Breast cancer treatment might increase risk of cardiovascular diseases
Chemotherapy is the conventional treatment for breast cancer that has saved millions of lives globally. However, it might pose increased risk of developing cardiovascular diseases like stroke in breast cancer survivors. The American Heart Association (AHA) has warned doctors about the risks that chemotherapy can induce in women treated for breast cancer. This study is the first to describe a link between breast cancer and increased risk of cardiovascular diseases. The main reasons for increased risk of cardiovascular diseases are sedentary lifestyle, exposure to radiation and chemotherapy treatments, metabolic dysfunction, weight gain, uncontrolled cholesterol or hypertension after breast cancer treatment.
Doxorubicin, an anthracycline, is a chemotherapy drug that significantly increases risk of heart failure by around 5 percent after its 8 sessions and up to 48 percent after 14 such sessions.
The warning was issued by Dr. Laxmi Mehta, chairperson of AHA writing committee. She does not discourage women from having their breast cancer treated but warns them to be well informed about the increased risk of heart diseases after completion of their cancer treatment. This would encourage them to make responsible decisions for their cancer treatment.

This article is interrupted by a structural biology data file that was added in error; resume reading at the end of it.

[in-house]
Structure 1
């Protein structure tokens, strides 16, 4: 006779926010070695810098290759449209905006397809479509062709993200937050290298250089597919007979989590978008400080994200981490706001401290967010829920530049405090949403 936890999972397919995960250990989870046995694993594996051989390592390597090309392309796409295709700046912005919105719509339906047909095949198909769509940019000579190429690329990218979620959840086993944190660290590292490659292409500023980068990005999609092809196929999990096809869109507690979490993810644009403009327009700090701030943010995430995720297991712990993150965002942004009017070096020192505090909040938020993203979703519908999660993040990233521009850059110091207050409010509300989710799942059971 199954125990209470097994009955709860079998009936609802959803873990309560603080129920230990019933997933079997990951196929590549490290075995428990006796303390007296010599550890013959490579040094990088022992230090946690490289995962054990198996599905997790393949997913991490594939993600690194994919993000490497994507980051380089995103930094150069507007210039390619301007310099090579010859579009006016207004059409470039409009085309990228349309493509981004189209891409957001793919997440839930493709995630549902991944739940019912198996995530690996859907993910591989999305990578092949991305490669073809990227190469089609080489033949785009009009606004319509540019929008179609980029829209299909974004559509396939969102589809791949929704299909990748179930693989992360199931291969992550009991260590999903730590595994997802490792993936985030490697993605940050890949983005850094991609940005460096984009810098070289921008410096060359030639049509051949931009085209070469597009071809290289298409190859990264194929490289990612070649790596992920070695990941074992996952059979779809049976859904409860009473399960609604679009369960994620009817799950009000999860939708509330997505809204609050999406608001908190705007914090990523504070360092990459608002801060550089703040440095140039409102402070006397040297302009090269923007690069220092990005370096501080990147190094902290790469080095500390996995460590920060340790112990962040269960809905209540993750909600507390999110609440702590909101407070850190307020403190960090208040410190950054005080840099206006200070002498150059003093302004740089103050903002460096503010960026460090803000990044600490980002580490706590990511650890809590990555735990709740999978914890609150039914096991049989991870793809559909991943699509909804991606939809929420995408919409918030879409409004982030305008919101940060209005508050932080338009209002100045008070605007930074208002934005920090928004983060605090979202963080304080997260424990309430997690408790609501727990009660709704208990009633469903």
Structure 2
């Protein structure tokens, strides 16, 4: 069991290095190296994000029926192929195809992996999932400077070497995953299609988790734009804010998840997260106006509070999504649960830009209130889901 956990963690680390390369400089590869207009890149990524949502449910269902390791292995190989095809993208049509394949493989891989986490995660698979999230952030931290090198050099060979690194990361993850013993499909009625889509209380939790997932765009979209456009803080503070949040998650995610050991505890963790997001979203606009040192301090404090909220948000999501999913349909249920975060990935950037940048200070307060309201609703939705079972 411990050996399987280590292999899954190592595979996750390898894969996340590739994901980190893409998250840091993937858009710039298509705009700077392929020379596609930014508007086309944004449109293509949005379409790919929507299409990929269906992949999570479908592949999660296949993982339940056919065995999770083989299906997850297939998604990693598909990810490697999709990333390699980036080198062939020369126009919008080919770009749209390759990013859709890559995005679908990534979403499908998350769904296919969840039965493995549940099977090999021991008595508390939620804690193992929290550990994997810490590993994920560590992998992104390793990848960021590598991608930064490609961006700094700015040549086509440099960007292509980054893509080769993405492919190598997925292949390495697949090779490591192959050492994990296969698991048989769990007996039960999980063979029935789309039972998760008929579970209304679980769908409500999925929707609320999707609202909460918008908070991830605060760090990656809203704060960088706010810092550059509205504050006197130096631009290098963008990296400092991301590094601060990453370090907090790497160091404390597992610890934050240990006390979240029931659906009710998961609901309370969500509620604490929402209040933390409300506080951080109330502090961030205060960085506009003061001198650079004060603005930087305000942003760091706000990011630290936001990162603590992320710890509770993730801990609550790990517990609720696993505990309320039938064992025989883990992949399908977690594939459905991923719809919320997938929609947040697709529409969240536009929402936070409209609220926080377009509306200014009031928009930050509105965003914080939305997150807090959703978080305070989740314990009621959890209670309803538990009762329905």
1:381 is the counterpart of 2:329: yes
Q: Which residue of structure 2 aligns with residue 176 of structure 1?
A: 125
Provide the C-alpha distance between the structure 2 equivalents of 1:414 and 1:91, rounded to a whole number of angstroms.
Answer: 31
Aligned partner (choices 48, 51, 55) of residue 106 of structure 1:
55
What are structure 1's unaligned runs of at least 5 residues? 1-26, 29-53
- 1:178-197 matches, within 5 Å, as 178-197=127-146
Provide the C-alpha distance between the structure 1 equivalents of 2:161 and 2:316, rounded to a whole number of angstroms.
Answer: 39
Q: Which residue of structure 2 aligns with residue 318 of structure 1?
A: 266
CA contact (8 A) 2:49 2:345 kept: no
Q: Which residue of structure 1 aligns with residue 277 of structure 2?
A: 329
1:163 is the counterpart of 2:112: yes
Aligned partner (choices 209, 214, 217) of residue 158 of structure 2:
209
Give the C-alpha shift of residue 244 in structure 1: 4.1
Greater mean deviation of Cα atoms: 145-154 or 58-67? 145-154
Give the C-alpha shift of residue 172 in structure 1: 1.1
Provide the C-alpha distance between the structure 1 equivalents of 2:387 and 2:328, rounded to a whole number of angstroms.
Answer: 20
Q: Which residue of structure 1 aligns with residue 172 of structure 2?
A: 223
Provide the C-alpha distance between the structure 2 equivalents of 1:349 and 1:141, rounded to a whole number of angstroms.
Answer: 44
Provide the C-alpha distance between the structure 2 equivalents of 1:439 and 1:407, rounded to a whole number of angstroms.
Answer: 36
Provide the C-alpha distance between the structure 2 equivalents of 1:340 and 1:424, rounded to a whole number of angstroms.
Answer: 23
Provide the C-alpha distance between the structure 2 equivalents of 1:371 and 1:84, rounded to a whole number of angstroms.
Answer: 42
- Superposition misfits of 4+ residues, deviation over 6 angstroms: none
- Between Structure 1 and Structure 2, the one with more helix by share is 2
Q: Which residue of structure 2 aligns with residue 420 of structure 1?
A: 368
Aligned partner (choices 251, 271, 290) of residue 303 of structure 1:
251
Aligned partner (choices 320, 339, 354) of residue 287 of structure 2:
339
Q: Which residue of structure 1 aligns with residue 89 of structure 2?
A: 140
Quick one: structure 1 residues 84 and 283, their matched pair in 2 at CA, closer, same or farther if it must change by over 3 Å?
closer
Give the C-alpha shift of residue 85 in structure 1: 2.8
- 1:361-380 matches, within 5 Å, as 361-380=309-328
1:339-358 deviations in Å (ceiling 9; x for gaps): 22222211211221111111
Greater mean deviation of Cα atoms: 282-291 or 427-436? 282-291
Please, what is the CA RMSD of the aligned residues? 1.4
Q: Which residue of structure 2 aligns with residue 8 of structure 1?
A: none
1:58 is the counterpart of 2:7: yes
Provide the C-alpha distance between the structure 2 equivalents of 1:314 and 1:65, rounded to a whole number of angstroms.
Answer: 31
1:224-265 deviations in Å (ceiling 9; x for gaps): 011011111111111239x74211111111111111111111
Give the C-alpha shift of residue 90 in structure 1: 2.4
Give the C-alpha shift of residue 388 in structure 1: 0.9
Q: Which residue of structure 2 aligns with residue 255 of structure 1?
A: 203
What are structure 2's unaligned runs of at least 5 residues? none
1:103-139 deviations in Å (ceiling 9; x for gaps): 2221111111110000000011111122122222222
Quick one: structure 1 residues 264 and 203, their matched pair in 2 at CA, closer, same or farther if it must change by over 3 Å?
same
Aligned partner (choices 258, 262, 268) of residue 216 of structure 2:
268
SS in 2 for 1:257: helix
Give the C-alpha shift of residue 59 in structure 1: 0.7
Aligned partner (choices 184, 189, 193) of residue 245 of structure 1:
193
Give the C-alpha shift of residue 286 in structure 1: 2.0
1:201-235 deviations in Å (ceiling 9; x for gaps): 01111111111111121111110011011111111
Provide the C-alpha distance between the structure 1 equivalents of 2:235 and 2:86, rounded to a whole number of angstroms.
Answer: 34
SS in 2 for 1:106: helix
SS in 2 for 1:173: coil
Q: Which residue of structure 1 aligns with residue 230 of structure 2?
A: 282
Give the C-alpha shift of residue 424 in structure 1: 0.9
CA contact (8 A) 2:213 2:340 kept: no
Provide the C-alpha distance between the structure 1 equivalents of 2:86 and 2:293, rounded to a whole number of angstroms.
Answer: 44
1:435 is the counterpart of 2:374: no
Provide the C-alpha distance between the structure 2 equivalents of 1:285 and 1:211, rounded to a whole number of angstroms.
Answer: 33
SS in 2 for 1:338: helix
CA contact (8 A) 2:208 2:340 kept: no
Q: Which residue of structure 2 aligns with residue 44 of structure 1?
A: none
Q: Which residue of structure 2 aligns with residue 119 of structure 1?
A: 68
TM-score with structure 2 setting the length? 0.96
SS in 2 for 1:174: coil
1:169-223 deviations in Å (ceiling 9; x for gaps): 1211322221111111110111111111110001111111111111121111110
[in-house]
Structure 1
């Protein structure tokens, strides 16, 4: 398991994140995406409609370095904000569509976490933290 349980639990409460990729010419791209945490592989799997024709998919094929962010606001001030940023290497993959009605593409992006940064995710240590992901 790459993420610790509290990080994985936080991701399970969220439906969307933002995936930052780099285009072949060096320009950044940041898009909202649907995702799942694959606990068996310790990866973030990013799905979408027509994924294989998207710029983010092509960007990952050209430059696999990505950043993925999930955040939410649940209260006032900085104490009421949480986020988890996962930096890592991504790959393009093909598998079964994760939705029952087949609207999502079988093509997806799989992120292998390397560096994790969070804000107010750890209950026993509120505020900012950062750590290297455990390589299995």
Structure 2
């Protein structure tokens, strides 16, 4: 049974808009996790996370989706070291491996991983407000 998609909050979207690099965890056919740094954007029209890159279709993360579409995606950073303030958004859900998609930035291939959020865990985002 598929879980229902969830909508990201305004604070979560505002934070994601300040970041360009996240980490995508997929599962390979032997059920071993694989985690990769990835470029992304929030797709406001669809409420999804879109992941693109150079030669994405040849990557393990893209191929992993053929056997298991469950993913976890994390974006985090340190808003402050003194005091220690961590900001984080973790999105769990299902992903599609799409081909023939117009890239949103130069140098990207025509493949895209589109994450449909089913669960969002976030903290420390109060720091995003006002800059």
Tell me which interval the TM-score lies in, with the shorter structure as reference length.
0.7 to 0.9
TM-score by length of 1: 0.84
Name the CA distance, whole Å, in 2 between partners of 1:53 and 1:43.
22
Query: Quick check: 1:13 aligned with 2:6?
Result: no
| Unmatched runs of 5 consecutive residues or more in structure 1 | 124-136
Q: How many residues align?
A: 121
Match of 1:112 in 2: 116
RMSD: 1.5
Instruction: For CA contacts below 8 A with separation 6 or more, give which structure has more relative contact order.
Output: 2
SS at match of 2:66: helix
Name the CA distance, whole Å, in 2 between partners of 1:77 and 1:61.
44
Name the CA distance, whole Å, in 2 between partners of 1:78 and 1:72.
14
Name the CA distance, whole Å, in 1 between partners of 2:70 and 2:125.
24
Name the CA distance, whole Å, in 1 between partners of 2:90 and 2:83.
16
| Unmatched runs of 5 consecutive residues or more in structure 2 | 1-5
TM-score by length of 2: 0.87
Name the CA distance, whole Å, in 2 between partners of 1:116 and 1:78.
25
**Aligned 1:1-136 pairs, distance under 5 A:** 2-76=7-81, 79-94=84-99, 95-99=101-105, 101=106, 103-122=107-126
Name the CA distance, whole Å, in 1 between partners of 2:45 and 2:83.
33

AHA emphasizes that breast cancer patients must discuss with their doctors about any side-effects of cancer treatment because most of the breast cancer survivors above 65 years of age are at higher risk of dying from cardiovascular diseases rather than dying from breast cancer.
However, a cancer survivor can modify her risk factors, thereby reducing the risk of developing cardiovascular diseases. Following a healthy lifestyle, consuming well balanced meals, and indulging in physical activities can help a breast cancer survivor to significantly decrease her risk of developing cardiovascular diseases.